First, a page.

Hi everyone, it’s a great honor to contribute to this IFLA’s New Professionals Interest Group discussion. Today, I would like to answer three questions about digital scholarship:
What is it?, Why is it important? and How can you/we help with it?
Hola a todos, es un gran honor contribuir a esta nueva discusión del Grupo de Interés de Nuevos Profesionales de la IFLA. Hoy, me gustaría responder a tres preguntas sobre (digital scholarship) o investigación digital: ¿Qué es?, ¿Por qué es importante? y ¿Cómo pueden/podemos ayudar?
Hello everybody. I would like to share experiences on what kind of responses “new professionals” and especially expressive, organized “new professional movements” are getting within the wider library profession.
Here in Finland a loose network of relatively fresh librarians are known as “Nuorkirjastolaiset” (engl. Young librarians), a self-chosen name. A small handful of people are more outspoken, and criticise libraries for their human resource management, leadership, innovation strategies, oppressive work-culture, hidden power-structures and so forth.
In the new issue of Kirjastolehti (“Library magazine”, ISSN 0023-1843) there is an interview by Ira Koivu of four people who identify themselves as members of this “Nuorkirjastolaiset” -movement. Here is my brief translation of the article’s ingress:
We demand change!–Young professionals building a new library
Pessimism, cynicism and frustration persist among young professionals, so it’s been told. That’s why we asked four young library professionals what’s wrong with the library now and what would be the library of their dreams. And most importantly: how it’s done?
Now, in response to the article, we are having quite a heated discussion on Kirjasto-kaapeli, the most important public discussion forum of finnish librarians. The discussion there is titled KYSYMYKSIÄ NUORKIRJASTOLAISILLE (Viite: Kirjastolehti 6/2010 (engl. “QUESTIONS TO YOUNG LIBRARY PROFESSIONALS (Reference: Library magezine 6/2010“). It started out as a list of questions to Nuorkirjastolaiset, but the discussion soon lost focus (i’m expect Godwin’s law to fulfill very soon; you know how these online discussions sometimes are LOL).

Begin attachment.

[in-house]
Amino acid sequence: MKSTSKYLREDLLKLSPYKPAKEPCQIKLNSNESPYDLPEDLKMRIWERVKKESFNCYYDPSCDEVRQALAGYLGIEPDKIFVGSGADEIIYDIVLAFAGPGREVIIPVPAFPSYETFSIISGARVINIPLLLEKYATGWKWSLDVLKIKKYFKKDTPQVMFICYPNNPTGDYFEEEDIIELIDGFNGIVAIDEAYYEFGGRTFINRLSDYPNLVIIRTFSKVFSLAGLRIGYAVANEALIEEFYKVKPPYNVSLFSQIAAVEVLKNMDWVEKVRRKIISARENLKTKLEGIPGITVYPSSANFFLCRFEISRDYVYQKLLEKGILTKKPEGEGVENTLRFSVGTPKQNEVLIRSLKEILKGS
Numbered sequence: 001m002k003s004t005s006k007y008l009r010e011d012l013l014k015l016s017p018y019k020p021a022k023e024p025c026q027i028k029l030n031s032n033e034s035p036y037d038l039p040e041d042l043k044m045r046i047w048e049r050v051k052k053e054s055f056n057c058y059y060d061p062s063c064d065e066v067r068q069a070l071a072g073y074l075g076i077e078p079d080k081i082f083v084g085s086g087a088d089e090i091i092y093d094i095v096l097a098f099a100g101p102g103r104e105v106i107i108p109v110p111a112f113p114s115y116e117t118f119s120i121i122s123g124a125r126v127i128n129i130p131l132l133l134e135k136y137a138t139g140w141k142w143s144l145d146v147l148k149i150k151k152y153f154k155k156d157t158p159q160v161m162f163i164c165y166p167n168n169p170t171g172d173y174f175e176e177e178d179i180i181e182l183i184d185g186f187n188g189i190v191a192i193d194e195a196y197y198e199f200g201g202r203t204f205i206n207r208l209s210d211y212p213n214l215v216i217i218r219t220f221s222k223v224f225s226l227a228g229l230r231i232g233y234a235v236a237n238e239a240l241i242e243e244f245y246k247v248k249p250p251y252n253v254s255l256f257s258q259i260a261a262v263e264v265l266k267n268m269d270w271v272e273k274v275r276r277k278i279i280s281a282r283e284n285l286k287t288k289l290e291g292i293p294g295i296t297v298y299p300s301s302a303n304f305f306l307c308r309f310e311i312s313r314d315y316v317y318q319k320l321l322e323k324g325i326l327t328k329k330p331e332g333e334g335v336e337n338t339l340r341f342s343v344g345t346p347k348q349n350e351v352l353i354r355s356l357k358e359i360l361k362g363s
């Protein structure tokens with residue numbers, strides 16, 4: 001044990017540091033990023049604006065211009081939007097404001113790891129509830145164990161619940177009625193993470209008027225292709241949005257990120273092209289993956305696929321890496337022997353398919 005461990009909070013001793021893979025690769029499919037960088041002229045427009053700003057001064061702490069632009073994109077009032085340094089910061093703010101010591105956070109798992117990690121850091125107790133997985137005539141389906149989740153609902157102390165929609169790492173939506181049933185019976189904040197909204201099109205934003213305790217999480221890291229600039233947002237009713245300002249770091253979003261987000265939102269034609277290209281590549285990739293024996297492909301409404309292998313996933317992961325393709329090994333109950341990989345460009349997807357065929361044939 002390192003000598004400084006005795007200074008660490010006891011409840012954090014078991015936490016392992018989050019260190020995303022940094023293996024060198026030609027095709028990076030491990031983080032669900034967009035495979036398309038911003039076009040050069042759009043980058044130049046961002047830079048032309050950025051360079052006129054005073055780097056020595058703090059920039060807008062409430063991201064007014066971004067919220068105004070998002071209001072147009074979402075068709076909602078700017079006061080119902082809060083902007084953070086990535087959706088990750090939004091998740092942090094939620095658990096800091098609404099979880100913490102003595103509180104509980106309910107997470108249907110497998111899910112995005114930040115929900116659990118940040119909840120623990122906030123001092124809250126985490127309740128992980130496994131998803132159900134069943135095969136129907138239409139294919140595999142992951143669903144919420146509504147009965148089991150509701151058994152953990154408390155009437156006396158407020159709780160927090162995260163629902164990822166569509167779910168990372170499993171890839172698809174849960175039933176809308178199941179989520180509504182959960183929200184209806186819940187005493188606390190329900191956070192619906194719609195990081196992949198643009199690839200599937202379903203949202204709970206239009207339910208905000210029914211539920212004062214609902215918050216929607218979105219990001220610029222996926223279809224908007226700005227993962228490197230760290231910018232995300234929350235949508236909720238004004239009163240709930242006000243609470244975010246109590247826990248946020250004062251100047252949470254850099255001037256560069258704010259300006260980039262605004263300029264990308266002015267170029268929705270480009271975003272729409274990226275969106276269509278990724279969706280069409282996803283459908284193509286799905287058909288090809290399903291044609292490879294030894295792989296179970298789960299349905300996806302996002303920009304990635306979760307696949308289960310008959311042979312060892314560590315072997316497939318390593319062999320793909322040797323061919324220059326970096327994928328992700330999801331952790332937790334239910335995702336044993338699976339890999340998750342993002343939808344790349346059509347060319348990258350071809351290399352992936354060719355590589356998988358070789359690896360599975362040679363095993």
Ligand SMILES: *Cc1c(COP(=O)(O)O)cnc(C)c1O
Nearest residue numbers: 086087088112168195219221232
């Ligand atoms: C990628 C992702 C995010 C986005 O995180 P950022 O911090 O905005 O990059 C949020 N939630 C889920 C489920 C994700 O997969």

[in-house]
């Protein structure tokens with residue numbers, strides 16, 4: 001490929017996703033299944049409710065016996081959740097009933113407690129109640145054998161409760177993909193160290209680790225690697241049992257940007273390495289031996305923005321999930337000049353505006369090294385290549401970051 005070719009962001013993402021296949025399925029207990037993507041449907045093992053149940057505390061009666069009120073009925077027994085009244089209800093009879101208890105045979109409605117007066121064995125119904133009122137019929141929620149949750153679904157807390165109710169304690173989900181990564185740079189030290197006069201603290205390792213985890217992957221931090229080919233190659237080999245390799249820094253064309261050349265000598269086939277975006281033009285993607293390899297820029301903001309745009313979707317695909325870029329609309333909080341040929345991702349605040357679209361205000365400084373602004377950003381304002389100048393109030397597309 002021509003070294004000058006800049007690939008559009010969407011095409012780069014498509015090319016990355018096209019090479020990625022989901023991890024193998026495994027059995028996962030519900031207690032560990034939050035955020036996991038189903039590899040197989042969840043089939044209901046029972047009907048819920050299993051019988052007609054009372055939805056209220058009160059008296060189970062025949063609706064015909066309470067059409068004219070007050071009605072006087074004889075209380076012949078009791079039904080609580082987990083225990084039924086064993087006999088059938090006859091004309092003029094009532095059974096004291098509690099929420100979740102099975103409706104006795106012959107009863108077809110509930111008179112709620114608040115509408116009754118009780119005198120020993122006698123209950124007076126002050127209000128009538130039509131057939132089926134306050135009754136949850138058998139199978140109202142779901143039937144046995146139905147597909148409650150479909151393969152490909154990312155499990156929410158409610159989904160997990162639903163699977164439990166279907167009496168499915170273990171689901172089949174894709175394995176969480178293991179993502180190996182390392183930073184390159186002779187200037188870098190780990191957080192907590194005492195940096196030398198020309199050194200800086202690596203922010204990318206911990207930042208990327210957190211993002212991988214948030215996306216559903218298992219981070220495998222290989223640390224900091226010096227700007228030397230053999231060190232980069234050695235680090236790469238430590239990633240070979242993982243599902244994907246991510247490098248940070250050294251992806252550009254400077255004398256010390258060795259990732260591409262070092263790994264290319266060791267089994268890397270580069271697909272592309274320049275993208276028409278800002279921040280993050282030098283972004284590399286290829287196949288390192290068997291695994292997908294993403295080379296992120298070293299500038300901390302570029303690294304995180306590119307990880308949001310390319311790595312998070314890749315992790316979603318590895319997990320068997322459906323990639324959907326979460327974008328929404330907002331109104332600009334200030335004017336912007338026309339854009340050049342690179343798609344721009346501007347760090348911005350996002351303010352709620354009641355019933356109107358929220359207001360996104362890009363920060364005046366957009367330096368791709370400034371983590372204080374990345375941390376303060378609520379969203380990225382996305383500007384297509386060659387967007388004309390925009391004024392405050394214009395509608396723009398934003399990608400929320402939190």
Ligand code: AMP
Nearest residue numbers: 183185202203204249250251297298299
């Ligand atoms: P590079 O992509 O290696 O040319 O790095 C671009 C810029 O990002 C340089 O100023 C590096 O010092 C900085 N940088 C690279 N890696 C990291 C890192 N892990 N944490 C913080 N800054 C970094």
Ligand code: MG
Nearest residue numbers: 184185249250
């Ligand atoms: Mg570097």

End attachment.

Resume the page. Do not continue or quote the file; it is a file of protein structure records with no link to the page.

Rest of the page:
Anyway, it seems all sorts of fears and frustration within the profession is partly reflected on young professionals, especially if they are united. It’s not just this article and it’s response on Kirjasto-kaapeli, but i think i’ve noticed it elsewhere too. All sorts of reservations and suspicion towards a network of organized, proud, largely unknown people come to my ears. Some librarians are worried about age-racism because the name has the word “young” in it, and some colleagues think that young professionals are all about wasting library resources on Facebook and Twitter and not doing proper work. Some claim that new professionals are too blind to see behind cold statistics and that economic efficiency is something that is categorically wrong and dangerous for libraries. Some ridicule and say that all voices of change will be hushed as soon as the new professionals get a steady job.
All of these fears and accusations has been heard many, many times already. Previously the blame has been on a) politicians b) evil capitalists c) library directors d) consultants or e) the mass media. Now, at least part of the blame is on young professionals… in other words: on close colleagues.
Do you recognize this, or something similar from your environment? I would love to hear what sort of response “new professional movements” are having elsewhere? The NPSIG group seems to be very well received within the IFLA organization, or that’s my impression. Is your library profession openheartedly welcoming it’s young, self-aware, confident and united members with their ideas, energy and innovation, or do some colleague see them (=us) as a threat?
Season’s greetings folks 🙂